Peter C. Appelbaum

Loyal Sons: Jewish Soldiers in the German Army in the Great War

By Peter C. Appelbaum

Available at,, and
Hardcover: 390 pages
Publisher: Vallentine Mitchell & Co Ltd
ISBN-10: 0853039488
ISBN-13: 978-0853039488

Loyal Sons, with a historical introduction by Jay Winter and personal reminiscences by Inge Auerbacher and Peter Waldmann, describes, for the first time in English, the experiences of Jews in the German army during the First World War.

The stage is set by a description of Jews in the armies of Prussia and the other German states between 1813
(when they were first allowed to serve) through the three Bismarckian wars. During the Great War, approximately 100,000 Jews served in the German army, of whom around 80,000 fought on the Front and 12,500 were killed, died, or went missing. About 35,000 were decorated, 23,000 promoted, and more than 2,000 became officers.

The book traces the effect of the outbreak of war on the Jews of Germany. Excerpted diaries and memoirs of soldiers from all ranks of the army – soldiers, non-commissioned officers and officers – describe their war experiences on the Western, Eastern, Balkan and Ottoman Fronts, impressions of other nationalities, and their varied feelings about anti-Semitism in the army. The experiences of those Jews who played a significant part in the nascent Luftwaffe are also provided. Rich annotation provides historiographical as well as religious and other details, and in the process a look inside the vanished world of Eastern European Jewry is provided by soldiers serving there.

Another interesting aspect of this book is a chapter on the German medical corps. No antibiotics and only a few vaccines were available during the First World War, and infected wounds, typhus, typhoid fever, cholera, malaria and finally the 1918 Influenza A pandemic took a heavy toll.

The book also contains an extensive analysis of the Judenzählung (Jewish census) of October 1916 – a pivotal event in the post-war development of German anti-Semitism. Loyal Sons closes with a few examples of the fate of these veterans, whose Fatherland thanked them for their loyal service less than two decades later by persecution, disenfranchisement, expulsion, imprisonment, and ultimately murder in the death camps.

Presentation Papers

Queen Mary, University of London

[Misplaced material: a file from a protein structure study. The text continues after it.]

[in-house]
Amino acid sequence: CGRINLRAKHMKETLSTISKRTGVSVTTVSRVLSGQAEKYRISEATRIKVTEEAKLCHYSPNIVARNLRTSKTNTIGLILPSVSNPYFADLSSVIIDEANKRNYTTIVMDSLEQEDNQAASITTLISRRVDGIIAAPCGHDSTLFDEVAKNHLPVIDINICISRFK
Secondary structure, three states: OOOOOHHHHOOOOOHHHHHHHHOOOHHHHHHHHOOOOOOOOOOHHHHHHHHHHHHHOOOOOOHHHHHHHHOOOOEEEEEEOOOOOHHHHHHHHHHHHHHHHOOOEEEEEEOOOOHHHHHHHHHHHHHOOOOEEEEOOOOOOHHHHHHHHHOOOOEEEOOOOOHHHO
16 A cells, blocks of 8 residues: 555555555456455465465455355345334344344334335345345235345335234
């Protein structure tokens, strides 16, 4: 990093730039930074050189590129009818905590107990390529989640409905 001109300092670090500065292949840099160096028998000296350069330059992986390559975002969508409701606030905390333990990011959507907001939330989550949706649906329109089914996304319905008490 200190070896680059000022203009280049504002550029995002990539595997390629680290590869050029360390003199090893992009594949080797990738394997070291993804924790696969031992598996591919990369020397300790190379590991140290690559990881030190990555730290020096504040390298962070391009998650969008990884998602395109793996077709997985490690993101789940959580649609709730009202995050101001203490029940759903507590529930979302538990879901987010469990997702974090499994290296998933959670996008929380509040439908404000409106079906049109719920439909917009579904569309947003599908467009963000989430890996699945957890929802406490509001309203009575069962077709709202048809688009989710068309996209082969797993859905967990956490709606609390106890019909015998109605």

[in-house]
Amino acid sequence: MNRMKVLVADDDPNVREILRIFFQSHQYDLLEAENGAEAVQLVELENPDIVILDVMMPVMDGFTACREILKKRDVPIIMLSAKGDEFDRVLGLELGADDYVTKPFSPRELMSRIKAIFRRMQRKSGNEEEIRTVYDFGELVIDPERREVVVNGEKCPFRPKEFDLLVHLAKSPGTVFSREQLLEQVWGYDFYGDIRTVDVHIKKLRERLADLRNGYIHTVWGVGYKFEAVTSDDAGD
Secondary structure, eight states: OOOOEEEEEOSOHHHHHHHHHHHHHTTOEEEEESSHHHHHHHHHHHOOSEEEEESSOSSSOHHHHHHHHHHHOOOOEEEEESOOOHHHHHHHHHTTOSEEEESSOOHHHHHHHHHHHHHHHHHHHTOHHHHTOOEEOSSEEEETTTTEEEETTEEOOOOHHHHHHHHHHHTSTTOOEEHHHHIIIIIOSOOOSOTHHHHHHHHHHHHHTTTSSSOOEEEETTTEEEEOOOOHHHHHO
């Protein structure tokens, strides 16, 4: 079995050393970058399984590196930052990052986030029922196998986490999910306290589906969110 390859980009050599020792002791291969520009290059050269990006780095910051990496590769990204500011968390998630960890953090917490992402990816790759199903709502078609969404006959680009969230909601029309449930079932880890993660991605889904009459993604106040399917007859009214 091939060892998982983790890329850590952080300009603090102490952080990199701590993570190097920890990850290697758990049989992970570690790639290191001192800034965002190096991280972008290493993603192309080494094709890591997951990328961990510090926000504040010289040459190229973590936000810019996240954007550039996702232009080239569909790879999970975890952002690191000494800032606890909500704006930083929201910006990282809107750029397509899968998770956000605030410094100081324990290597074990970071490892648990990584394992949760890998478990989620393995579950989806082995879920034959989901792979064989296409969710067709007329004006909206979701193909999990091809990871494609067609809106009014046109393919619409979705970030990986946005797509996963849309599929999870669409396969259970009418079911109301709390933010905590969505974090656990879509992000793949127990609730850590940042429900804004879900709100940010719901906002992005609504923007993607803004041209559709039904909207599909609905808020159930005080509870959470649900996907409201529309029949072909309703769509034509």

World War One International Conference - August 1st – 4th 2014 Perspectives On The “Great” War
Selected papers from the Conference as a downloadable PDF include:
"Infectious Diseases During the First World War" presented by Dr Appelbaum

Magazine and Journal Reviews:

Naval War College Review Published July 1, 2015
Reviewer: Timothy J. Demy

Centennial commemoration and observance of the First World War have generated many books studying major and minor aspects of what was hoped would be the "war to end all wars," or as H. G. Wells titled a 1914 book, The War That Will End War. It wasn't; instead, it was the first act of a century-long tragedy. The present volume provides a significant study of the more than 100,000 German-Jewish and 320,000 Austro- Hungarian Jewish soldiers serving during the war. One in eight was killed. First World War historian Jay Winter is correct when he writes in the volume's foreword, "we owe a debt to Peter Appelbaum for bringing to light the Jewish element in this tragic story." The volume is groundbreaking in its scope and depth.

The volume consists of eight chapters and four appendixes. The first chapter provides an overview of Jewish soldiers in the armies of the German states from the Prussian Wars of Liberation beginning in 1813 until the beginning of the First World War. The quest for respected and accepted service was part of the larger Jewish experience of nationalism and participation in German society and met with varied results. Although no Jew ever attended or graduated from the Prussian Military or Naval Academy, there were Jewish officers in the prewar Bavarian army and Austro-Hungarian army. The second chapter looks at mobilization and German-Jewish attitudes at the outbreak of the war. The outbreak of the war furthered German-Jewish patriotism. While there were dissenting, pacifist Jewish voices, they were largely ignored and overcome by Jewish organizations and individuals who published calls to volunteer. German- Jewish society responded at all levels and all ages. As the war progressed the initial zeal was replaced by calls for service based on duty (Pflicht) and honor (Ehre). German Jews entered service with hopes and confidence of no anti-Semitism. They were misguided. The third chapter studies in detail the experiences and opposing views of the war of two officers who served on the western front, Julius Marx and Herbert Sulzbach. This chapter and the fourth chapter, which looks at diaries and memoirs from the front, show the diversity of experiences and perspectives of religious and nonreligious Jews, all fighting with national loyalty, patriotism, and pride. The chapters also provide a good snapshot of everpresent Christian-Jewish sentiments.